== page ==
Many clients believe that their family members and friends can be part of their asset protection plan. This week one of my clients consulted with me about whether his interest in a wholly owned Florida limited liability company business would be an effective defense against a possible civil judgment against the client for actions unrelated to the operation of the business The client understood that the creditors’s collection remedy against his interest in the LLC would be limited to a charging lien on distributions from the LLC to the client/owner. However, the client was concerned about not being able to receive money earned by the LLC which the client had relied upon to pay personal expenses. The client made several proposals and suggestions about how his friends and family could help him receive money from his limited liability company.
These suggestions included, for example, the LLC paying salary to a friend and having the friend pay his personal bills; borrowing money from a family member secured by a lien on LLC distributions but then paying back the loan in cash; selling his LLC interest to a friend for nominal consideration with an unwritten understanding that the client was entitled to profits and loans from the LLC etc, etc.
Friends and family are not asset protection tools. It is almost always a bad idea to base an asset protection plan on your trust in your friends and family. The well-intentioned help from those closest to you, and from people you most trust, usually has unintended poor consequences for all involved.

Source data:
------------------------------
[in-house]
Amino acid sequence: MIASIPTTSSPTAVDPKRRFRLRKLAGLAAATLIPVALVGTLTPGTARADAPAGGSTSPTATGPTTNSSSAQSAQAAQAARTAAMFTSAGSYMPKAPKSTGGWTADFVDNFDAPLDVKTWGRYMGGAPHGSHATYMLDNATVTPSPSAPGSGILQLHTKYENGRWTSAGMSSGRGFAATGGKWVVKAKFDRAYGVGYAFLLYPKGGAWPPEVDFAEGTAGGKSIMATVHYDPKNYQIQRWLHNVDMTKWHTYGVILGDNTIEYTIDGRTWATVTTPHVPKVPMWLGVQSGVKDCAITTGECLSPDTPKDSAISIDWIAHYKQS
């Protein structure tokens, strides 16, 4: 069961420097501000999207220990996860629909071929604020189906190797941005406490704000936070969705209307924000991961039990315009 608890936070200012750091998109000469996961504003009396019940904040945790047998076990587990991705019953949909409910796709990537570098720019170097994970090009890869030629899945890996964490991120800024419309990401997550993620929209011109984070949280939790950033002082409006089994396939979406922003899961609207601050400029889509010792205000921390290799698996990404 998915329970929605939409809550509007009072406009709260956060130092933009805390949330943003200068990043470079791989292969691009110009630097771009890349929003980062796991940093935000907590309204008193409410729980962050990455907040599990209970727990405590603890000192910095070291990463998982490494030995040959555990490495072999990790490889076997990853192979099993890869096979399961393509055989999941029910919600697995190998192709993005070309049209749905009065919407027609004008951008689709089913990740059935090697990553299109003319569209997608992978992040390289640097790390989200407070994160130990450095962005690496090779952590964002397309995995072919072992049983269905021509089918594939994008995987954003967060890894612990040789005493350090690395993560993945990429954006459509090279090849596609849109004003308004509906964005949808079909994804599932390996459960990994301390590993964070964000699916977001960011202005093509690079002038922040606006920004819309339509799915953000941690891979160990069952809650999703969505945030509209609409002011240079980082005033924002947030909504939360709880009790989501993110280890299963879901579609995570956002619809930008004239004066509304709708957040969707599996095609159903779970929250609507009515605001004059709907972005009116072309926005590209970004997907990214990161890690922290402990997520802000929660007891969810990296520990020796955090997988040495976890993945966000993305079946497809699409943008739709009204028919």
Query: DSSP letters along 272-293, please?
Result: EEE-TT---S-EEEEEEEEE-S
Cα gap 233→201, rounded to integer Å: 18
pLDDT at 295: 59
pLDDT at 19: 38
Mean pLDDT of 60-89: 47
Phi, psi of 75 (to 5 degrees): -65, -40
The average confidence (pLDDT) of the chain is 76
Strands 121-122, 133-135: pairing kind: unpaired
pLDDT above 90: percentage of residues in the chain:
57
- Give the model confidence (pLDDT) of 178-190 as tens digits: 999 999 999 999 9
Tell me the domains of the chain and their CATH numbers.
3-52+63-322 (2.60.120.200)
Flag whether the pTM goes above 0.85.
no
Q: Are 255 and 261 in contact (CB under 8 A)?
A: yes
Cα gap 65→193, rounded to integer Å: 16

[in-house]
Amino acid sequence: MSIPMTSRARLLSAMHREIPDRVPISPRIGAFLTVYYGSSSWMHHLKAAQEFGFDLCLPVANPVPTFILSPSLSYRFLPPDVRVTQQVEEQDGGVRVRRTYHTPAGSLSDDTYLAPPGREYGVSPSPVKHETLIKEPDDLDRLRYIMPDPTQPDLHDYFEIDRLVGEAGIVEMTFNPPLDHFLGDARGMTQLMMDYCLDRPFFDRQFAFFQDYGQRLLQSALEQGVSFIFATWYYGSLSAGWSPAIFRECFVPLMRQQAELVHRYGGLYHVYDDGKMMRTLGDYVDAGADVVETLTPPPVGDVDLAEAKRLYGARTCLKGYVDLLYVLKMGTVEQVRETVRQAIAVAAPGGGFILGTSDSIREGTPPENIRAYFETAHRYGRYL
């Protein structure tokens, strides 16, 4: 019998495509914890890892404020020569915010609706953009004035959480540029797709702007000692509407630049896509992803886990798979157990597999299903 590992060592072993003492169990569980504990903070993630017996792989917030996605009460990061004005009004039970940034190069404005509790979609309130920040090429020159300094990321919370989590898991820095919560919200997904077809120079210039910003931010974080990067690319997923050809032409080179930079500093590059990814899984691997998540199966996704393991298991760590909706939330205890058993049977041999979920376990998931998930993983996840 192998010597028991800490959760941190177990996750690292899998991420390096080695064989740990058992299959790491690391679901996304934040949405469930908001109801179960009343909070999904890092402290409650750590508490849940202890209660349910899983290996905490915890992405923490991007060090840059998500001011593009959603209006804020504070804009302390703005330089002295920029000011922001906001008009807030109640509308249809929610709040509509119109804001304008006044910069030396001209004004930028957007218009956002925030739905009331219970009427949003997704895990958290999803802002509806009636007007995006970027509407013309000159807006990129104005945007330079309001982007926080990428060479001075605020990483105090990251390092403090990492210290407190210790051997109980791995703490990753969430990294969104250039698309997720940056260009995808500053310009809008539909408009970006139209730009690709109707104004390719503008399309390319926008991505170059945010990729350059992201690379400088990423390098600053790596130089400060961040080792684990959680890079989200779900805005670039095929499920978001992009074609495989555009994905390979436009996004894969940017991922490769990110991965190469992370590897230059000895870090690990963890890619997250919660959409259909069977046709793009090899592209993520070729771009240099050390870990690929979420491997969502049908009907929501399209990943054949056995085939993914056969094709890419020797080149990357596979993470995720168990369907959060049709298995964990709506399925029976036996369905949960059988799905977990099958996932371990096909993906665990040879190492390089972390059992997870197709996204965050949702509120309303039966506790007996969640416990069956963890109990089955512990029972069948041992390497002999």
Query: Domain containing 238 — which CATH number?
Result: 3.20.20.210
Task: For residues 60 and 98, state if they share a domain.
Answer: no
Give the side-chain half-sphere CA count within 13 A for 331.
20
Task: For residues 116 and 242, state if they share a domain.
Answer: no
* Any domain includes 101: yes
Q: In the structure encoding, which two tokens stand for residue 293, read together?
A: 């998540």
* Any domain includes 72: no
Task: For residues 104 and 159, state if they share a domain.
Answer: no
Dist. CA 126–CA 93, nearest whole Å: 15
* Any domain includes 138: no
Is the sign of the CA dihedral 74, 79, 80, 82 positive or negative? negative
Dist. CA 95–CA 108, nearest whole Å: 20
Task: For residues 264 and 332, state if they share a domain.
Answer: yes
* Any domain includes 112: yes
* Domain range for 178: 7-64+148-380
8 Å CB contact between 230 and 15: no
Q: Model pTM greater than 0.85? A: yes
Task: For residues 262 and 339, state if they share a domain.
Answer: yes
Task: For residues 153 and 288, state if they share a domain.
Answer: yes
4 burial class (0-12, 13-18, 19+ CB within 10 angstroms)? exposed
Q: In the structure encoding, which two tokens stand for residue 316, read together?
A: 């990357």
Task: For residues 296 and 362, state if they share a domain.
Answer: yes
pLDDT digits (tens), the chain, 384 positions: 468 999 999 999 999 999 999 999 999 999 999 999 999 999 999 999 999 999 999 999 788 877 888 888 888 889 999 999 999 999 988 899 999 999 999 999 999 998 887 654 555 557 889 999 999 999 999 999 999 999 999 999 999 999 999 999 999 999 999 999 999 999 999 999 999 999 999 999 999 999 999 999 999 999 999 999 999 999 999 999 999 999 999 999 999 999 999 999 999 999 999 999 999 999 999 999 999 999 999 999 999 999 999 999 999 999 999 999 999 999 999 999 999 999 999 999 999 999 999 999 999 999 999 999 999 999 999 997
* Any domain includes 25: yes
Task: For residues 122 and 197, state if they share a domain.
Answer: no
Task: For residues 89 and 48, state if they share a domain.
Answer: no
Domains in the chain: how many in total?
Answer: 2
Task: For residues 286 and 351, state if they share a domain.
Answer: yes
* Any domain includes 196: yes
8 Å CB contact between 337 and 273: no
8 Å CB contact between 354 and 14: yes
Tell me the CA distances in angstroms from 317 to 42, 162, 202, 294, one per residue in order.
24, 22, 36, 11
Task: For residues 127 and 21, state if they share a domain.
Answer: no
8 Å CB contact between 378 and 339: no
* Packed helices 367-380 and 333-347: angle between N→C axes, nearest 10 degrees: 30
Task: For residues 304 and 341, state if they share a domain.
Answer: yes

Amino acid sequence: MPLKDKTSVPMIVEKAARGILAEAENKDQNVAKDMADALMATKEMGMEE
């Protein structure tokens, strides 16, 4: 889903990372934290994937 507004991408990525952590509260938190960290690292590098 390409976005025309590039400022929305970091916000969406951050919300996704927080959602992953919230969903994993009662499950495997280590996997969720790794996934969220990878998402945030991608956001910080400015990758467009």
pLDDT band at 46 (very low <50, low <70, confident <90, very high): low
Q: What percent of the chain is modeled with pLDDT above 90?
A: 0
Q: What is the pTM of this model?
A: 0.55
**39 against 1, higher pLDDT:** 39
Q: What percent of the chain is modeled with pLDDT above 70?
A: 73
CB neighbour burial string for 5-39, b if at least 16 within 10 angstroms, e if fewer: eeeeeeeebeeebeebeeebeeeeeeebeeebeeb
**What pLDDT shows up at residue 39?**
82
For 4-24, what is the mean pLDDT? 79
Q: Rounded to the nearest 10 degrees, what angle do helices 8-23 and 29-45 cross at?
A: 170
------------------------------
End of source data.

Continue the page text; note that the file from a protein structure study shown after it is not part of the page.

Any fraudulent conveyance actions will name the cooperating friend or family member as a defendant. Your asset protection plan will drag your friend or family member into your legal problems and require them to get their own attorney to protect their interest. The creditor has the right to question under oath anyone who is involved in your business or financial picture. When placed under oath your best friends and favorite family member will likely choose to tell the truth rather than commit perjury. Although initially cooperative, these people will ultimately undo the asset protection plans to protect their own family financial interest. In Florida, there are usually effective asset protection strategies that do not rely on other people, especially those people whom you care for.